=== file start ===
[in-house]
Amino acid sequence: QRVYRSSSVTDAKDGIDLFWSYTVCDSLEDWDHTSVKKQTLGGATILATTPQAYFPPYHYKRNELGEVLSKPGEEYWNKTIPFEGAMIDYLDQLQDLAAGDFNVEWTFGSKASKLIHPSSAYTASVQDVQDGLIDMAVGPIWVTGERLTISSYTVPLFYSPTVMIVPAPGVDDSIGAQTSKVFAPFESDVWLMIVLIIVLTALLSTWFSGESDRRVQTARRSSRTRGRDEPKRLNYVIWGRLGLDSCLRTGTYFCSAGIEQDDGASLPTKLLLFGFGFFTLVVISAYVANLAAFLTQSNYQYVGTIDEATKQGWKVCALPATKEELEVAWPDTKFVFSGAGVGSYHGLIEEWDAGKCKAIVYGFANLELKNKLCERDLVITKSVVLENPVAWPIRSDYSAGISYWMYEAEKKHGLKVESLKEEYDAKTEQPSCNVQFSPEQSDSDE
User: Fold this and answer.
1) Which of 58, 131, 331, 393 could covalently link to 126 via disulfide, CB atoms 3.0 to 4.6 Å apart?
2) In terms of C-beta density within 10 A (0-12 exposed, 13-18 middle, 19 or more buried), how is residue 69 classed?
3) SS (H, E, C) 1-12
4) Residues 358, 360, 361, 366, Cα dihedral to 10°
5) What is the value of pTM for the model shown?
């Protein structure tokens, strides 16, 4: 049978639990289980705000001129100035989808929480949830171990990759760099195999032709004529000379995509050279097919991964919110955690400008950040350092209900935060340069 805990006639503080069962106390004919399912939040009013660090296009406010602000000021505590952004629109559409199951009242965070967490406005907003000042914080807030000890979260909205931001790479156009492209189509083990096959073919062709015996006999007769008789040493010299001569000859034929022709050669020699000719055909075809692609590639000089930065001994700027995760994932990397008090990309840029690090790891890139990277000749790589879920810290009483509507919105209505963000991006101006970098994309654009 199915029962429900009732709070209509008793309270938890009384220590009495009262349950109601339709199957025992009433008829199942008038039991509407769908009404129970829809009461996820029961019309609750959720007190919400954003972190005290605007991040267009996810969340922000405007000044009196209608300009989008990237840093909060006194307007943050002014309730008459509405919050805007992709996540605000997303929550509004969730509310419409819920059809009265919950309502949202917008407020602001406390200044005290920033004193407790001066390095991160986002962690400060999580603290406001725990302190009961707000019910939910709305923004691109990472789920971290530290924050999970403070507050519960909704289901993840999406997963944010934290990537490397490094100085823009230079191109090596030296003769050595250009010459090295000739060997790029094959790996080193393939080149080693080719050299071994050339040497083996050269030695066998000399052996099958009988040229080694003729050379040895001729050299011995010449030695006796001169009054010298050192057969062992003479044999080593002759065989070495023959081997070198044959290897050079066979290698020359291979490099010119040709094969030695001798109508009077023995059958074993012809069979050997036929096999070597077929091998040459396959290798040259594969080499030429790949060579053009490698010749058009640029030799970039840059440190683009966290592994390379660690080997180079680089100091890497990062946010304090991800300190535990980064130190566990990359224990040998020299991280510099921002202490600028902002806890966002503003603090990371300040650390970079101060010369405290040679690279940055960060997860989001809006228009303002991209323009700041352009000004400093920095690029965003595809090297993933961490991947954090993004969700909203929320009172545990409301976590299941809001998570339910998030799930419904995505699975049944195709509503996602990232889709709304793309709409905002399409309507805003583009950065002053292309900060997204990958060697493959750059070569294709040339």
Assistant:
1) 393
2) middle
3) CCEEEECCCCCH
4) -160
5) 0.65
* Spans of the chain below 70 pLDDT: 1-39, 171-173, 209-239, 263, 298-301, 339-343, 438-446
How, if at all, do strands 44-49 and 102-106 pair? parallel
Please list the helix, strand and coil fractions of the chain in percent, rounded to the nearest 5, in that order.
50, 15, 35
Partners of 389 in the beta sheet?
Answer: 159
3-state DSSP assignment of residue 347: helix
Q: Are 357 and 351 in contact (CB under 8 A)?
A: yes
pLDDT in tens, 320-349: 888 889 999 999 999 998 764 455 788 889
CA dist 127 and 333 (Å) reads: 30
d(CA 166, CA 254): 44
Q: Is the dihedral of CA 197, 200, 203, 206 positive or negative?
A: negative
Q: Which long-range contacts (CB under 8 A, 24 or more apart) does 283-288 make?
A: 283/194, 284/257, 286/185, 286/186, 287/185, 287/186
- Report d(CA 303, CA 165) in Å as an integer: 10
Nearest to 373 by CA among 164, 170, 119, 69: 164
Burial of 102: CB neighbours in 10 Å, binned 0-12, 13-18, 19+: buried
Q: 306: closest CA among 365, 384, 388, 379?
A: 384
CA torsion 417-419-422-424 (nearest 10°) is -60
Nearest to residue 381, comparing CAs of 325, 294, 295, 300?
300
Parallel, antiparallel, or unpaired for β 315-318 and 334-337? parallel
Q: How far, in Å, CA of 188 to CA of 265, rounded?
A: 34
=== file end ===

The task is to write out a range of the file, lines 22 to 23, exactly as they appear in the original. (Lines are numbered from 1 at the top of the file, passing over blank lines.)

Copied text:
3-state DSSP assignment of residue 347: helix
Q: Are 357 and 351 in contact (CB under 8 A)?